The effect of Russian attacks on Ukraine has catapulted the oil prices to a new near all-time high. This latest spike could just be the beginning, according to analysts and traders.

Upsurge in oil prices

Barely two weeks after the Russian attacks on Ukraine, oil prices surged unprecedentedly, nearing the all-time high record in 2008. The surge was also aggravated when US and Western nations tried to consider a crude embargo on Russia, the world’s second-largest exporter.

Last Monday, US crude futures reached $123 per barrel, a jump of 6%. Brent crude, the global benchmark, briefly reached $139 per barrel before settling down to $125 after trading closes.

Compared to oil prices last month, there was a 35% adjustment tallied in oil prices.

Russian oil embargo dilemma

Russia supplies about 4 million barrels of crude oil per day to Europe, China, and India. Last December, Russia’s total oil exports reached 7.80 million barrels per day.

Analysts suggest that removing Russia’s share in the market that is already struggling with a limited supply would only tilt the balance of the supply from the demand.

Even the members of the Organization of Petroleum Exporting Countries, including Saudi Arabia and the United Arab Emirates have expressed their side to distance from getting involved in the conflict.

How high can oil prices go?

A strategist from JP Morgan estimated the prices could reach $185 per barrel if the conflict lasts throughout the year.

Rystad Energy and Bank of America on the other hand predict the price to soar to $200 per barrel before the market begins to rebalance. The all-time high price of Brent crude reached $147.50 per barrel in July 2008. According to ICE Futures Europe, the oil prices could breach the highest-ever price as the price of an option to buy Brent crude reaches $200 per barrel on Monday.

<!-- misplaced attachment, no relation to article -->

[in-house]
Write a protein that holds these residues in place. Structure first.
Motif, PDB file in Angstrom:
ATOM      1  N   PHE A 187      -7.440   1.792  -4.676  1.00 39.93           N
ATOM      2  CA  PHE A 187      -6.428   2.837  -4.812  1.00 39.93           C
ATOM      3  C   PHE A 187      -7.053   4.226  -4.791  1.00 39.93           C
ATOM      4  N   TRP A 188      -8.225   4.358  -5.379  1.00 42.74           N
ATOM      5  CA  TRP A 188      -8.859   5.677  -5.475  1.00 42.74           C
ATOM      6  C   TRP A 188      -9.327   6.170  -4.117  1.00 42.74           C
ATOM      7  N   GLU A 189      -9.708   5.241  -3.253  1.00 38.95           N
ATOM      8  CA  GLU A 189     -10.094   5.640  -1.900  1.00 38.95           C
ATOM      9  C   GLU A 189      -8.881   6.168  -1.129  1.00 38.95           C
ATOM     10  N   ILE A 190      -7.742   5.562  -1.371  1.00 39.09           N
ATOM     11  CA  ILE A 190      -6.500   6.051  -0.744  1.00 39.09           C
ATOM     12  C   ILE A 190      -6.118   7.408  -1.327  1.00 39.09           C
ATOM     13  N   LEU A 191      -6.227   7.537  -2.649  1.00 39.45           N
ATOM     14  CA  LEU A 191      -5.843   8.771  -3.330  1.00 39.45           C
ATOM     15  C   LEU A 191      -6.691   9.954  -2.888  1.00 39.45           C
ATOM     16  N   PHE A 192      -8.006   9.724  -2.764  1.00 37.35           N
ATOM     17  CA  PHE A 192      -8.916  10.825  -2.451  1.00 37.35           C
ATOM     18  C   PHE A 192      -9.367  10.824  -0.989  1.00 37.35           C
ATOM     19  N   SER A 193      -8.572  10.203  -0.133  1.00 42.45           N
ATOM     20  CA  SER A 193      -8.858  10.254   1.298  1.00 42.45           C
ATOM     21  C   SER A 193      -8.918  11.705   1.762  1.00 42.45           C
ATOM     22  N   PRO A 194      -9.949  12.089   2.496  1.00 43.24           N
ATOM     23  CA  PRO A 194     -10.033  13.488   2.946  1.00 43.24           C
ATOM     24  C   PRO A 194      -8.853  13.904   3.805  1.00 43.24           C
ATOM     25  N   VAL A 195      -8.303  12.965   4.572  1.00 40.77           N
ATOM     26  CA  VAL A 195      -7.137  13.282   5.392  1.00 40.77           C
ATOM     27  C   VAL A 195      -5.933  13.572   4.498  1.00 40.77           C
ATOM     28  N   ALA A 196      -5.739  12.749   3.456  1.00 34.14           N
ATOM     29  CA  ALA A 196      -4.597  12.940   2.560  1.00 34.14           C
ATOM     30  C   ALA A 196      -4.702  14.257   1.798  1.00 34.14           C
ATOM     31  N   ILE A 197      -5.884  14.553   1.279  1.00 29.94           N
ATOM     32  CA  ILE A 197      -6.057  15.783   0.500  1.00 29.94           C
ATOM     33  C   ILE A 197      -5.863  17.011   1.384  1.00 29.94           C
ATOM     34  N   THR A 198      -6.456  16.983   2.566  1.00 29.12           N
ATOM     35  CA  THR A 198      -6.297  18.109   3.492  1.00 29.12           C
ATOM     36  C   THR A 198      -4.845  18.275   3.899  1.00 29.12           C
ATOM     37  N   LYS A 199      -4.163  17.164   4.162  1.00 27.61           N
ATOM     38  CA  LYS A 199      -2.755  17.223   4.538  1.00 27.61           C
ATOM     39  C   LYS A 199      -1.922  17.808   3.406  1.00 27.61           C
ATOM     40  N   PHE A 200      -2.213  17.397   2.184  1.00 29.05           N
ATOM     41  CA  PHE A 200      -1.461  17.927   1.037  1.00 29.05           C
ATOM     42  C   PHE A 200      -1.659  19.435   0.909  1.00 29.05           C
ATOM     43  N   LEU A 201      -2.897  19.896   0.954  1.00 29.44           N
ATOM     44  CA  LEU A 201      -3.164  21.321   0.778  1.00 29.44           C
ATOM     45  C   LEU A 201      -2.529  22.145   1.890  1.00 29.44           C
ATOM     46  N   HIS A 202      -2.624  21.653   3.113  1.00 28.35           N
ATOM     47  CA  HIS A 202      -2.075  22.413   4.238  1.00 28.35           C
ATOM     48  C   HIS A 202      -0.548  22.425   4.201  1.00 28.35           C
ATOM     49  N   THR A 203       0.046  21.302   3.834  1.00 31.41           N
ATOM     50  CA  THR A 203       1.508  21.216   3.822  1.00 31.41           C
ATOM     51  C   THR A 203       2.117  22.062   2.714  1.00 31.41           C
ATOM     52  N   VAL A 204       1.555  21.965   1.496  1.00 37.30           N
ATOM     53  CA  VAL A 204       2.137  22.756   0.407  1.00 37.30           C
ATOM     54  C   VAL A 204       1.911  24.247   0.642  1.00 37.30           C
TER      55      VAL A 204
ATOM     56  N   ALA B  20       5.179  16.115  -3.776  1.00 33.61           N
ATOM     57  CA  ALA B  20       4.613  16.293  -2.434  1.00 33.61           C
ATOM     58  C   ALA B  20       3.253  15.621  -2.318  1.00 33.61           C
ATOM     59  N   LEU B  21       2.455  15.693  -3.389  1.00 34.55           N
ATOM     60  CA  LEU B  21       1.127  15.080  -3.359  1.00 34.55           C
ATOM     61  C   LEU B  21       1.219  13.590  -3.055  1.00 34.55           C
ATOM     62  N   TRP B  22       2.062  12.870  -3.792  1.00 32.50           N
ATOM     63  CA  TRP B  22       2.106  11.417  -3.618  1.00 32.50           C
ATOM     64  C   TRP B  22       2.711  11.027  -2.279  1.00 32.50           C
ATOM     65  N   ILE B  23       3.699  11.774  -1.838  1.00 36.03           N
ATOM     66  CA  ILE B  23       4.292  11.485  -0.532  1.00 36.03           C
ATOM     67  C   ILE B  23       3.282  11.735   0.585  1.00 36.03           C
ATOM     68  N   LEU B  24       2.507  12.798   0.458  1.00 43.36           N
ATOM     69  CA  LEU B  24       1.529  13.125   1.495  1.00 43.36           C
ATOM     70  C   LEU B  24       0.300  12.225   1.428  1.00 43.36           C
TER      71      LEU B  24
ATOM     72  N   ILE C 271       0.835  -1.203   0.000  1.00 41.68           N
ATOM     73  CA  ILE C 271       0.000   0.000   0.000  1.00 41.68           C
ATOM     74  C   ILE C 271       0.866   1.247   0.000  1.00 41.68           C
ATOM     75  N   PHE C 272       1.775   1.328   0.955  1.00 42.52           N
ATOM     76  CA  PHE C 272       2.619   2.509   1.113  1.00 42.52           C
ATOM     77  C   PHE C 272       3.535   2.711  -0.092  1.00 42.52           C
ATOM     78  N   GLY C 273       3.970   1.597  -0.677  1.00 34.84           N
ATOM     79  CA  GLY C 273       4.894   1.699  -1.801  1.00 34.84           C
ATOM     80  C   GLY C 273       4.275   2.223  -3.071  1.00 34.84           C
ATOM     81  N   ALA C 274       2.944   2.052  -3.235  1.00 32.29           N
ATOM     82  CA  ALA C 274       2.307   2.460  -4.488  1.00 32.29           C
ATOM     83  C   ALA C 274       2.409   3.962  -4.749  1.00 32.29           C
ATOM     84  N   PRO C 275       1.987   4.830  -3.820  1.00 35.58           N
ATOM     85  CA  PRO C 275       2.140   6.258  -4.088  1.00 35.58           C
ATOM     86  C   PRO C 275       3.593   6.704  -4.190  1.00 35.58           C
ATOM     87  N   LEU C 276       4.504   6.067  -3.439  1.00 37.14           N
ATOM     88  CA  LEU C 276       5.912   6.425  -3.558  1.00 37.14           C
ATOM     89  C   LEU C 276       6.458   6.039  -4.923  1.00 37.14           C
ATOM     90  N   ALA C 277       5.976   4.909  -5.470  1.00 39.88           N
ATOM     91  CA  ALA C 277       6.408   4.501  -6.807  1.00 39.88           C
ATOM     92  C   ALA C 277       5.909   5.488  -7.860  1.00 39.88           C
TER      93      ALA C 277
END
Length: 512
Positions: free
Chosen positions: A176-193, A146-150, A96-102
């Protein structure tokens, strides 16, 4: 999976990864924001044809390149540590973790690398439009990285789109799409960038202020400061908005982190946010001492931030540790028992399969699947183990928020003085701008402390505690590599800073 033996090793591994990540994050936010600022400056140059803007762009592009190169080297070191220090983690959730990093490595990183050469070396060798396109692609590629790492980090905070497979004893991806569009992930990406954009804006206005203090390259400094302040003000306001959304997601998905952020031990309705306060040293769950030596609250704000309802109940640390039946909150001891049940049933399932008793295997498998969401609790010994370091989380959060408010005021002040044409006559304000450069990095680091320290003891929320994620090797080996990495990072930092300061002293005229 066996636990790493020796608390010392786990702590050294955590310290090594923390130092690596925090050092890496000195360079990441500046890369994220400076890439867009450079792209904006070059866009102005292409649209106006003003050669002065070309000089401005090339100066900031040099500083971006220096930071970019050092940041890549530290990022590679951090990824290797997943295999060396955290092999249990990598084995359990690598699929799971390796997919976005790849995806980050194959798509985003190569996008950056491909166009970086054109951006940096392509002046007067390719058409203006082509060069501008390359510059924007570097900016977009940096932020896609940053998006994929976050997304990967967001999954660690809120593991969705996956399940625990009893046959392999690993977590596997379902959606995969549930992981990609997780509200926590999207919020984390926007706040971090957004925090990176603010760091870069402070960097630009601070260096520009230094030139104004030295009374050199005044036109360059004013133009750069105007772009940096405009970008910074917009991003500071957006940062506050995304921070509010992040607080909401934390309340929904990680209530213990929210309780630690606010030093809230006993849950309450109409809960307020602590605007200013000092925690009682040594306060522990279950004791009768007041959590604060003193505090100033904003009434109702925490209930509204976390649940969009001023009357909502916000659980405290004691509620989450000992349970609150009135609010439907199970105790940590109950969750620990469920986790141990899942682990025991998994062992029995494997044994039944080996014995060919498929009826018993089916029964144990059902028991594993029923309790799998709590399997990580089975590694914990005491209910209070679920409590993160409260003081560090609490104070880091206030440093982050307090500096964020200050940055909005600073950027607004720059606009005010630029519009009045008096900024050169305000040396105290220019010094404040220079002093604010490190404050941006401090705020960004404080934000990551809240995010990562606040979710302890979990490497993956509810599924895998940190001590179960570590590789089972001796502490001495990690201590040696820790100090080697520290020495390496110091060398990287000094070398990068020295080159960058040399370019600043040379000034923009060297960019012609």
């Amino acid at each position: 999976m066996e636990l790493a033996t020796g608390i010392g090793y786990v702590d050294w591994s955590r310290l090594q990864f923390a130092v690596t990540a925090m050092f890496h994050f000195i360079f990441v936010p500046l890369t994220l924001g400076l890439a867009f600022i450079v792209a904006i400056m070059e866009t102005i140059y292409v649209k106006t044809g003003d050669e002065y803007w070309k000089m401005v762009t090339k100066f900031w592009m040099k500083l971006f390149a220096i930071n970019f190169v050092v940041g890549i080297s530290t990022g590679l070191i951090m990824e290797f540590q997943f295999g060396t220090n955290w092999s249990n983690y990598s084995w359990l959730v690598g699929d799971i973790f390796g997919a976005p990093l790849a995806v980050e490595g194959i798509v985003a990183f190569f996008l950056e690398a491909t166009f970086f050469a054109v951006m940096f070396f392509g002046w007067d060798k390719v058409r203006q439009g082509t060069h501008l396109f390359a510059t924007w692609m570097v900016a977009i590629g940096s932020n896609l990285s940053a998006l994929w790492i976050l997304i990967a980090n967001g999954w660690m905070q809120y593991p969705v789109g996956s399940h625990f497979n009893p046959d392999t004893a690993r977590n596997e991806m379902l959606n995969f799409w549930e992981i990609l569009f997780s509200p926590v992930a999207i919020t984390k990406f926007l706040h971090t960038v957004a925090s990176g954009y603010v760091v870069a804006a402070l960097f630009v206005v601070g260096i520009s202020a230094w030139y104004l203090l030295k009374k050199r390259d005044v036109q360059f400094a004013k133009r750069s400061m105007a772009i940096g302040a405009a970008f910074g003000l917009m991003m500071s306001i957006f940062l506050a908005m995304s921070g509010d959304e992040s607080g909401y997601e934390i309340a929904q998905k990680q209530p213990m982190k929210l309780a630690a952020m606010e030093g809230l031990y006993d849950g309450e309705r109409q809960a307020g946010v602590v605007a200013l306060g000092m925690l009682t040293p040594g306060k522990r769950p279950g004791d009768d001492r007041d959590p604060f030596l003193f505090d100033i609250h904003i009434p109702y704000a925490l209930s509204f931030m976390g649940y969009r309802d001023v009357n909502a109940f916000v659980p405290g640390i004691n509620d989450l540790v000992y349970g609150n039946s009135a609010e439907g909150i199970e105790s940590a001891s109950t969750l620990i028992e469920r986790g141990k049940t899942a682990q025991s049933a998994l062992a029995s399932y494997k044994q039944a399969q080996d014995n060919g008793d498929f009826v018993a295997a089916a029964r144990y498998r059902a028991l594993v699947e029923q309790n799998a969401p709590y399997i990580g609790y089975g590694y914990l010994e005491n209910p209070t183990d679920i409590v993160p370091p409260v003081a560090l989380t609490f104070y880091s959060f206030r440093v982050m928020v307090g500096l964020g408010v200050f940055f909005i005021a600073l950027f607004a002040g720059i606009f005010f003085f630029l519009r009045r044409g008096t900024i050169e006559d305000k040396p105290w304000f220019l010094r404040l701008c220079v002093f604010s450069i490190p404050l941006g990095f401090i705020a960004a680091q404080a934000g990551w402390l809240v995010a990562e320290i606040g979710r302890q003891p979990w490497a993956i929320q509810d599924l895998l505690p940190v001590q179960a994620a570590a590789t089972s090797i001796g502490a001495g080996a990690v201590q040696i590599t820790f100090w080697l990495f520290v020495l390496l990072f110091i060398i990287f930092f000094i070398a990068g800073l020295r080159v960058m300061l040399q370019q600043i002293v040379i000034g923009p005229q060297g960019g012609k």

Worst, according to Reuters the Russian Deputy Prime Minister Alexander Novak said the price per barrel would even reach $300 per barrel or more. This would happen if the Russia-Germany pipeline will be cut off and the oil exports of Russia are banned by the Western countries.

According to Novak, the rejection of Russian oil would lead to catastrophic consequences for the global market. He also said that it would take more than a year for Europe to replace the volume of oil that their country is currently supplying. 

The Bloomberg Commodity index notes a 13% increase in the prices of other commodities was recorded last week, the latest biggest gain on record.